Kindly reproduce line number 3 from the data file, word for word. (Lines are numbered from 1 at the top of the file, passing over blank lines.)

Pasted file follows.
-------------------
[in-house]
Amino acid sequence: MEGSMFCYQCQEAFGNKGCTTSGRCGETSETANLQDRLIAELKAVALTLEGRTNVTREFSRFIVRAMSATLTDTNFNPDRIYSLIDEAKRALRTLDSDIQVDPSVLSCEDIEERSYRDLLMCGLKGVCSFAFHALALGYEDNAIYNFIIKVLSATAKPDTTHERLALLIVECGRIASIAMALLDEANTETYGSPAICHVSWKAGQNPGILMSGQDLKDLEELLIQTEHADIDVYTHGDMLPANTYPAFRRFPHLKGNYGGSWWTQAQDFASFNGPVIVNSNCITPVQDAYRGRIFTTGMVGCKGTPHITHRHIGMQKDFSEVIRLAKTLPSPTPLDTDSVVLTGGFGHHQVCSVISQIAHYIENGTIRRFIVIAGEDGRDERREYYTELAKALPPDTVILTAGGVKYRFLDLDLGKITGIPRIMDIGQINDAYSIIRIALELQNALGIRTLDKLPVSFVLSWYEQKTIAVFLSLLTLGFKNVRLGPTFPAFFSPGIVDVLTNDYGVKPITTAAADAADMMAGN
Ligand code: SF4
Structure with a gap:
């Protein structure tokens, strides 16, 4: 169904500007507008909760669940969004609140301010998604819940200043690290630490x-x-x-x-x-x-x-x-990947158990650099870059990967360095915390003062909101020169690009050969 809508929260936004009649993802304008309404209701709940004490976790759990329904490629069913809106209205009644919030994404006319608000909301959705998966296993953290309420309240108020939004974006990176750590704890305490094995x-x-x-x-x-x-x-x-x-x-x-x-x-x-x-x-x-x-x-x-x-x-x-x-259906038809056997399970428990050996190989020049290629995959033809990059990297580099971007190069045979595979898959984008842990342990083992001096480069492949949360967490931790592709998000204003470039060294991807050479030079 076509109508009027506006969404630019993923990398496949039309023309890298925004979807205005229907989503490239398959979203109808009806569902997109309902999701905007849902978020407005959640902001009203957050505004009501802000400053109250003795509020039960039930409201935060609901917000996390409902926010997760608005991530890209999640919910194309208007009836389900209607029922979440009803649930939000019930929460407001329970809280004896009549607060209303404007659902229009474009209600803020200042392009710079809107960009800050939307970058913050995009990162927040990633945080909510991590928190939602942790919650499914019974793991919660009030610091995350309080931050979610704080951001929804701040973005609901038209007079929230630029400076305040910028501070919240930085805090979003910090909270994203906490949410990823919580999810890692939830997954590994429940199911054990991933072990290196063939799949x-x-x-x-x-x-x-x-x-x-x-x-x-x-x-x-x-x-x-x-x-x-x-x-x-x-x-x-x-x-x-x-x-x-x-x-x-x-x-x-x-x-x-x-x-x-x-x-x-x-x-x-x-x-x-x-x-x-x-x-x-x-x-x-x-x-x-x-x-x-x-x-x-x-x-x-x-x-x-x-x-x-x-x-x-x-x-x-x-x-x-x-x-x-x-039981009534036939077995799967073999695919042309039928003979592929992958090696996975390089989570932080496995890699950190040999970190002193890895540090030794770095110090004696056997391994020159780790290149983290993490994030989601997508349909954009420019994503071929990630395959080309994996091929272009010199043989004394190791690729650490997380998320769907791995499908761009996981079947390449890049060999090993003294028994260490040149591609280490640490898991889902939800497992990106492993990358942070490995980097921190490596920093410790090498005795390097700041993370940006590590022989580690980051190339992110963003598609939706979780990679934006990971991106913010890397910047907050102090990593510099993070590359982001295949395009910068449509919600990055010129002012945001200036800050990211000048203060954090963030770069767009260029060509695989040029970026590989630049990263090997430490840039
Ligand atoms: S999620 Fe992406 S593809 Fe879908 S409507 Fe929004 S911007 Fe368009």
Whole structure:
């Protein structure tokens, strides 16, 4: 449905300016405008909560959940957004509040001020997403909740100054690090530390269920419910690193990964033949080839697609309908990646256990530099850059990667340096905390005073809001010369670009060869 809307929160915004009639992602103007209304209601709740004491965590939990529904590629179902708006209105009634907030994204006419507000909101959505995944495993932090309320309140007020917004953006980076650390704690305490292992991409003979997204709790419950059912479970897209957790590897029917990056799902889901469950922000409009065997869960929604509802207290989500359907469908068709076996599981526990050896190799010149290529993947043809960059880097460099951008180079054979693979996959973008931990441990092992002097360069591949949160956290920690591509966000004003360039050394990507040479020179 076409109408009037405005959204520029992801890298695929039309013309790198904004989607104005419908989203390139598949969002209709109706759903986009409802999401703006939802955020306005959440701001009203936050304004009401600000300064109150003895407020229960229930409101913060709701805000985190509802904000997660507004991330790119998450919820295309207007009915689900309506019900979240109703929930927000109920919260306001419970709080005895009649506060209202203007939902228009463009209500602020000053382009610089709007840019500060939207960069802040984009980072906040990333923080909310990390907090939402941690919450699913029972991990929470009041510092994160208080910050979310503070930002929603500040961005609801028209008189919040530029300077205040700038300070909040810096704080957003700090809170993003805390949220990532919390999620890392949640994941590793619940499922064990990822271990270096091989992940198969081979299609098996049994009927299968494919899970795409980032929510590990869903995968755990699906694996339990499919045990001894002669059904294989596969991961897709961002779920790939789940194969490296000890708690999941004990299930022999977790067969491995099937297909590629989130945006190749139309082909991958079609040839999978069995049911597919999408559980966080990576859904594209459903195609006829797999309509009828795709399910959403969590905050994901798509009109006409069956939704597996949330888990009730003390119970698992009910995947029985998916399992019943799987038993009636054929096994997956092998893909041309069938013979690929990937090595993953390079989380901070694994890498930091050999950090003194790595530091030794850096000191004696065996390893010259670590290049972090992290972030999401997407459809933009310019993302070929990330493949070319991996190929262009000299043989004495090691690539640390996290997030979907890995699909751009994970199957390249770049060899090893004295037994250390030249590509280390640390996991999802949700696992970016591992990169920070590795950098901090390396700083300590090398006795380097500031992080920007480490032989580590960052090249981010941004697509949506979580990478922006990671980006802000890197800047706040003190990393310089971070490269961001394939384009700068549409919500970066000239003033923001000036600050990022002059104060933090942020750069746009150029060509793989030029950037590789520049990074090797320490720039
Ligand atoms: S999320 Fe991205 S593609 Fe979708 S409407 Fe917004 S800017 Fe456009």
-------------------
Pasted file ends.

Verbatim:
Ligand code: SF4